DOE Research Group Makes Case for Exascale.

HPC Wire (02/21/11) Tiffany Trader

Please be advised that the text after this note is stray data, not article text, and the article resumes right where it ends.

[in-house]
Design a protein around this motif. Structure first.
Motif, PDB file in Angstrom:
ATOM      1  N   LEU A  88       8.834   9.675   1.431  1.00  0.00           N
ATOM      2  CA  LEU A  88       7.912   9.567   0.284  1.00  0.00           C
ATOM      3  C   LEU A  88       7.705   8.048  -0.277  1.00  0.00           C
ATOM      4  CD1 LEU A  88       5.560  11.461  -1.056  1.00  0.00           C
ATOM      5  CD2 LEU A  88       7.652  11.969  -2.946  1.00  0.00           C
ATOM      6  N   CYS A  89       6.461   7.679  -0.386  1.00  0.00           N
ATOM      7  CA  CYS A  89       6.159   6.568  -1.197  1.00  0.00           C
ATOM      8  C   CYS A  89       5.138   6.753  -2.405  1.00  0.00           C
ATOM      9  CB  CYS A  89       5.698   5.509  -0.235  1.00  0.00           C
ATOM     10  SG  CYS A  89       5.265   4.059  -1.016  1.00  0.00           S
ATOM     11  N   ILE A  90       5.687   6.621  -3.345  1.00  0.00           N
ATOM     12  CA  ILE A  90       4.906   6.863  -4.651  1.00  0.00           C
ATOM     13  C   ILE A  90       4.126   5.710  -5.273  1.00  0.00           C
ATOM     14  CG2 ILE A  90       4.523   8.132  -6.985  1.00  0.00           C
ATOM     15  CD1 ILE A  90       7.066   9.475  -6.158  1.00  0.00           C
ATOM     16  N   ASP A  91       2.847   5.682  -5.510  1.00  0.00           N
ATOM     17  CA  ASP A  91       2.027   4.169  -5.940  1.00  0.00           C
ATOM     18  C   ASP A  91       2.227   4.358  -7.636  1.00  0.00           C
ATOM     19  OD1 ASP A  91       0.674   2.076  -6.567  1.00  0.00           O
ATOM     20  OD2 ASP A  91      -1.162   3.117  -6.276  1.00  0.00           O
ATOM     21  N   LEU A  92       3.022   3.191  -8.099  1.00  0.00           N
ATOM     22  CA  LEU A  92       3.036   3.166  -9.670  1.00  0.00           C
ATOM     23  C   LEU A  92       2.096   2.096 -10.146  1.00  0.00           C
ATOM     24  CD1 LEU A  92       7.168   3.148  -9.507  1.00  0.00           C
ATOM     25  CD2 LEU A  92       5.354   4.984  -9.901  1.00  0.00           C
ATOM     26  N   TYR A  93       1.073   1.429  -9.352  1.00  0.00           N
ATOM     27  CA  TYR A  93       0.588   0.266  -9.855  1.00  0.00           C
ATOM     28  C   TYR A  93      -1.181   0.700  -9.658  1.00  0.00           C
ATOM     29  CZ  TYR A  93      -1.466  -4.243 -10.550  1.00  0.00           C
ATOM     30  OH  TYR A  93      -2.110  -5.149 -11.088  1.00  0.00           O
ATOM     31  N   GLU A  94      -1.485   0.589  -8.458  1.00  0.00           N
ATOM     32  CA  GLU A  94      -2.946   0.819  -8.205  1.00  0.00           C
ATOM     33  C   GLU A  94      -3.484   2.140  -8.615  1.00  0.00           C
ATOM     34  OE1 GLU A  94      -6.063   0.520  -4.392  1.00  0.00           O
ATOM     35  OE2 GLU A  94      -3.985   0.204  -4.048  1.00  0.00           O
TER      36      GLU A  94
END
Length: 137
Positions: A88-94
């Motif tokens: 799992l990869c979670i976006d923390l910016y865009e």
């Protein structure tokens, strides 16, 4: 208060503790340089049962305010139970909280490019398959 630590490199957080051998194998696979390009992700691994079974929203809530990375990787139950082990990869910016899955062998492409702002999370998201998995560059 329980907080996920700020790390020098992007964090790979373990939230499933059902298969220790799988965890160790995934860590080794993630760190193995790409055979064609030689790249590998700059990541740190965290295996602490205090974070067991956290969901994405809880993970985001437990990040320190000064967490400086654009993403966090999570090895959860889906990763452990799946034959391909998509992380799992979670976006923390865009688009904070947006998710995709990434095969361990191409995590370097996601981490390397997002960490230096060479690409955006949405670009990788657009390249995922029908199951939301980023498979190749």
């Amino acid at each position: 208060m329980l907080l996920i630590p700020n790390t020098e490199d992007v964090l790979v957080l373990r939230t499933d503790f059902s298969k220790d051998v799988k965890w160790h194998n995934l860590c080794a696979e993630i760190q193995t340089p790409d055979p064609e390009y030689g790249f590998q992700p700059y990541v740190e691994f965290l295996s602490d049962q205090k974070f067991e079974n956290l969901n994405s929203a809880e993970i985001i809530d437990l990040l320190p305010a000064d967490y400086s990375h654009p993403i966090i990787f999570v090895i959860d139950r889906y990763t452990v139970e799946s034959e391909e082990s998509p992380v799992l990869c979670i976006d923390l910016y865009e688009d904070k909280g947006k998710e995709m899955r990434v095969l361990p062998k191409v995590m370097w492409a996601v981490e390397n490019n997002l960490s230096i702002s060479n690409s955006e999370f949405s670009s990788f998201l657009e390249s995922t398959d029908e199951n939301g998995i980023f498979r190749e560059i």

The U.S. Department of Energy’s (DOE’s) Office of Advanced Scientific Computing Research recently published an article stating that although exascale computing has the potential to lead to scientific breakthroughs, the technology will not be easy or inexpensive to develop. Exascale computing could lead to precise long-range weather forecasting, new alternative fuels, and advances in disease research, according to the DOE paper. However, creating an exascale system faces many obstacles, says Argonne National Laboratory’s Rick Stevens. An exascale system will require billions of cores, so there needs to be an effective model that can take advantage of all of them, in what will likely be an extreme parallel system. An exascale system also would require more than a gigawatt of electricity, which could only come from its own power plant. Stevens says researchers are looking to graphics processing units as a way to minimize energy requirements. He also notes that computer reliability issues will be magnified a thousandfold in an exascale system. All of these issues will require government funding to solve, so “complex and coordinated [research and development] efforts [are required] to bring down the cost of memory, networking, disks, and all of the other essential components of an exascale system,” Stevens says.



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